I will be recording a voice conference and translation over 2 different buildings (actually 6 different languages), distance is about 1300 ft. I'm planning to send line level but I want to ask an advice of what kind of troubles I may find. Since this audio is for video only, I'm not too worried about some signal degradation, in my experience video guys have some margin of tolerance (you know the video guys).

Thanks.

Dr. Cuso
Old 15th September 2007
  #18
Gear Head
 

I think the first thing you should do is gage your client's willingness to accept degraded audio rather than assuming they will. Of course there may need to be a budget balance between good audio & the willingness to pay for it. However, it's not difficult to get really good audio quality at that distance if done right. Are the two buildings occupied by one company? What sort of lines, if any, currently exist between the two buildings?

Here are a few thoughts:

Is there a data network you could borrow bandwidth from? You could send many channels of cobranet, ethersound, etc. over standard ethernet lines. Could you run your own CAT 5 cable between the buildings?

Perhaps talk to the telecom (PBX) contractor about borrowing and routing a few dry pairs. You can send voice thousands of feet with little quality loss if the copper is good.

A good wireless mic system with directional Tx & Rx antennas would be capable of 1300 feet.
Old 15th September 2007
  #19
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MichaelPatrick's Avatar
 

CobraNet standard emerging?

The CobraNet consortium looks promising and some products are already shipping. It seems you'd setup a little ethernet network to pass both audio and control signals, and let one or two cat5 cables carry it between a robotic onstage head-end (consisting of pres->ADC->network terminal) and the truck.

CobraNet Community

The member list is impressive:

Ashly Audio, AudioScience, Biamp, Bosch, Bose KK Japan, BSS Audio, Clear-Com, ClearOne, Commentary Systems, Creative Audio, Crest Audio, Crown, D&R Electronica, dbx Professional Products, Digigram, Digispider, DigiTech, DOD, Dynacord, Eastern Acoustic Works, Electro-Voice, Golden Sound, IED Innovative Electronic Designs, Ivie Technologies, JBL Professional, Klark Teknik, Lab Gruppen, Lance Design, Level Control Systems, Mackie, Media Technology Systems, MIDAS, NOVAR, Peavey, QSC Audio, RANE, Renkus-Heinz, Richmond Sound Design, RTS, Shure, Soundcraft, Symetrix, Telex, Whirlwind, Yamaha
Old 15th September 2007
  #20
Gear Head
 

Cobranet products have been shipping for years, and they are on their second or third generation processor.

Some mixers have Cobranet ports built in, and outboard equipment can set up anywhere from a simple point to point transport (ie: Rave) to a multipoint network with full DSP, control & transport (ie: Symnet). Cobranet signals can be carried by ethernet CAT 5, microwave, fiber, and infra-red.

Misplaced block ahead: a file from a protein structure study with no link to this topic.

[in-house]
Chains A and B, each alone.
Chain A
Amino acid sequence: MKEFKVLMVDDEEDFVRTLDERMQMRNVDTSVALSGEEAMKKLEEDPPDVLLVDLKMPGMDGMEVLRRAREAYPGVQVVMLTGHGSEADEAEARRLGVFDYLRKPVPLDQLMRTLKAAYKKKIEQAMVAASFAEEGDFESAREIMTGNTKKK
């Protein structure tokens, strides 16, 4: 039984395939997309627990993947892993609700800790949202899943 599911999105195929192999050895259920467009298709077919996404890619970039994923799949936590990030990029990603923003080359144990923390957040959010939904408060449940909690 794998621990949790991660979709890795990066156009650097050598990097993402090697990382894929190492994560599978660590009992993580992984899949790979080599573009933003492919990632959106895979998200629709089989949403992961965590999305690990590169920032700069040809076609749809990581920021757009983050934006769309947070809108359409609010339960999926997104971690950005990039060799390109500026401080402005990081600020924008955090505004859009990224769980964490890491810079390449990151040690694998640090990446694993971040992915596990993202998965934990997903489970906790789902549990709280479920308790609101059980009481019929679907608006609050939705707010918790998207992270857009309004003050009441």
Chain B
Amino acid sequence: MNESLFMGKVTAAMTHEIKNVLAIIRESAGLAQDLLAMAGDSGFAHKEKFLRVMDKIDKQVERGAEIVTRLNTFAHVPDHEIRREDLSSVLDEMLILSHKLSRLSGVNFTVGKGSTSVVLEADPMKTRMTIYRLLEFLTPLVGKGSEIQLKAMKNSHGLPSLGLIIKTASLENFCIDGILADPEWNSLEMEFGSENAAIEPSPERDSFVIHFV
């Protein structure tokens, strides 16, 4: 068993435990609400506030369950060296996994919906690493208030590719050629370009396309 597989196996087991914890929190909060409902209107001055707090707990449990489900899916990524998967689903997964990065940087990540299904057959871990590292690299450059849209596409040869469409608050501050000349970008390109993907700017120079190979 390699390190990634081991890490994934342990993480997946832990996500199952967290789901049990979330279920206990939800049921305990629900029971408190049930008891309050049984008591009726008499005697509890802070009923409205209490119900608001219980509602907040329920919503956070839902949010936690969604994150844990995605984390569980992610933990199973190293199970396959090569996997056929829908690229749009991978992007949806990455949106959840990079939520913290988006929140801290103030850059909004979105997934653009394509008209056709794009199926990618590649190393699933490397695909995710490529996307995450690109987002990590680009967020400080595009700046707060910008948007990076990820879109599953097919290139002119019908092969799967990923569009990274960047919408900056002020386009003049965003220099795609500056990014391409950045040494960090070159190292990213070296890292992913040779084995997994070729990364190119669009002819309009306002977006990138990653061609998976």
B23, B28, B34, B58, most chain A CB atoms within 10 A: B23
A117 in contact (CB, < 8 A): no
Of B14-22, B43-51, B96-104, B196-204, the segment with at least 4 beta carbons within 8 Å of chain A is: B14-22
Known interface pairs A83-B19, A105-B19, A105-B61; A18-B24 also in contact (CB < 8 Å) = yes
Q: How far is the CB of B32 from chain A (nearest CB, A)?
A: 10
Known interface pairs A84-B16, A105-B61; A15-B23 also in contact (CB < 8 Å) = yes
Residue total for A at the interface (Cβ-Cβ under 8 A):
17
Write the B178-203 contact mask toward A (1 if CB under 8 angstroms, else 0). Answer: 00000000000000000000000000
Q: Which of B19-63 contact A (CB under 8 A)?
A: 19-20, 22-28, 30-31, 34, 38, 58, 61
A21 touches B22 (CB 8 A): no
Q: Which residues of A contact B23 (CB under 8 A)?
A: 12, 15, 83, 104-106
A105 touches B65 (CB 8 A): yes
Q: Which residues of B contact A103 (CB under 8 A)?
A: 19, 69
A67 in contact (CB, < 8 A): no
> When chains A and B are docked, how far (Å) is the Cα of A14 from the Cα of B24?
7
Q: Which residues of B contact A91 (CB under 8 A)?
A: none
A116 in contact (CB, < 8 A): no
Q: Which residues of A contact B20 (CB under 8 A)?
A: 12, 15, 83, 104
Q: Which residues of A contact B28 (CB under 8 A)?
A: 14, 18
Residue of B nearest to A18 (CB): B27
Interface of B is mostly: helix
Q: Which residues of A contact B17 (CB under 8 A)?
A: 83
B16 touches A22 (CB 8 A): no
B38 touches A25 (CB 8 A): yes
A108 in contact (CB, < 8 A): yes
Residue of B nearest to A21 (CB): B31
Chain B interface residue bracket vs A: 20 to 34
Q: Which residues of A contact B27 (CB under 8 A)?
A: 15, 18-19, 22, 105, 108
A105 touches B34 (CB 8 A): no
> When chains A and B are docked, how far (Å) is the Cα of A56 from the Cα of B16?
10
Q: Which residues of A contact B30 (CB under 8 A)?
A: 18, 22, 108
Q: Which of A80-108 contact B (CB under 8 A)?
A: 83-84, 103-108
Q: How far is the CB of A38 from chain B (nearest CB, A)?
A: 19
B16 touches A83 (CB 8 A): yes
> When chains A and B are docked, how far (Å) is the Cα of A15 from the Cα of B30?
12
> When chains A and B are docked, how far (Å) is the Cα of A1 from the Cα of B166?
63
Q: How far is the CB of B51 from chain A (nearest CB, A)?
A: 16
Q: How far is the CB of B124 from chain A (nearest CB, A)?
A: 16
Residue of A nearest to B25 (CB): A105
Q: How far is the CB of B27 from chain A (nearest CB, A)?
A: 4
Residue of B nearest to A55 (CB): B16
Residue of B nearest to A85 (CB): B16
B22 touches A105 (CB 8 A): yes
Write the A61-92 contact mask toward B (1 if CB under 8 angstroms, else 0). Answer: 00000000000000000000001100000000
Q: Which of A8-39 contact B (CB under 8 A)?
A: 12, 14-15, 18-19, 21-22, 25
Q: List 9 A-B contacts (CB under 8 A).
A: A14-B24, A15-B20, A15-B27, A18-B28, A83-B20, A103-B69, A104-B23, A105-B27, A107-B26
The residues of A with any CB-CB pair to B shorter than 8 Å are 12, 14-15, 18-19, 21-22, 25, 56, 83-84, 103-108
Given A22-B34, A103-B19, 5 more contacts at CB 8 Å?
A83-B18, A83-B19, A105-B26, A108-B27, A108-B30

There are other multichannel digital transport systems such as Ethersound, and digital snakes from several manufacturers.
Old 16th September 2007
  #21
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Roland's Avatar
Cobranet (as coolstuff above pointed out) has been around for years, however it has never seemed to penetrate the market such as to become the accepted standard. From my understanding to use the technology you have to license it, those cost ultimately have to be met by the end users. However, Madi which has also been around for a while is starting to get adopted by more and more manufacturers and is free to use. Quite a lot of broadcasters and PA companies are using it now and companies like RME. Digital Audio Denmark, SSL are producing box's to interface other equipment, I suspect this will become the most common "standard" for large channel count installations.

Regards


Roland
Old 16th September 2007
  #22
Here for the gear
 
Dr. Cuso's Avatar
 

According to Steve's first post, going line level is good idea "You can run thousands of feet of cable line level without loss".I think signal degradation would be minimal (may be only in theory) and unnoticeable by the video guys. My plan, budget and dead line is limited, so send balanced lines to the truck at line level is the only option I have available. My question is for advice of problems that I may find going this way.

Avoid florescent lights? hi voltage lines?

Thank you

Dr. Cuso
Old 16th September 2007
  #23
Gear Head
 

Any time you run a long line, you can run in to noise problems from power transformers, lighting, RF transmitters, etc. Good transformers at both ends will minimize that risk.

You'll have to determine where to lay your cable between buildings, how to route it through the buildings, and what type of cable to use. Safety to pedestrians will be an issue, as well as vehicular traffic if you have to cross a street. You may have to work with and contract a municipal services department if you have to fly a cable across a public street.

The telecom line option I mentioned, if available, could be very inexpensive or even free, and could get you between the buildings or even from room to room without having to cable them on your own.

Copper is expensive these days. Wireless systems & antennas are rentable and would make quick work of the building hop.

Good Luck.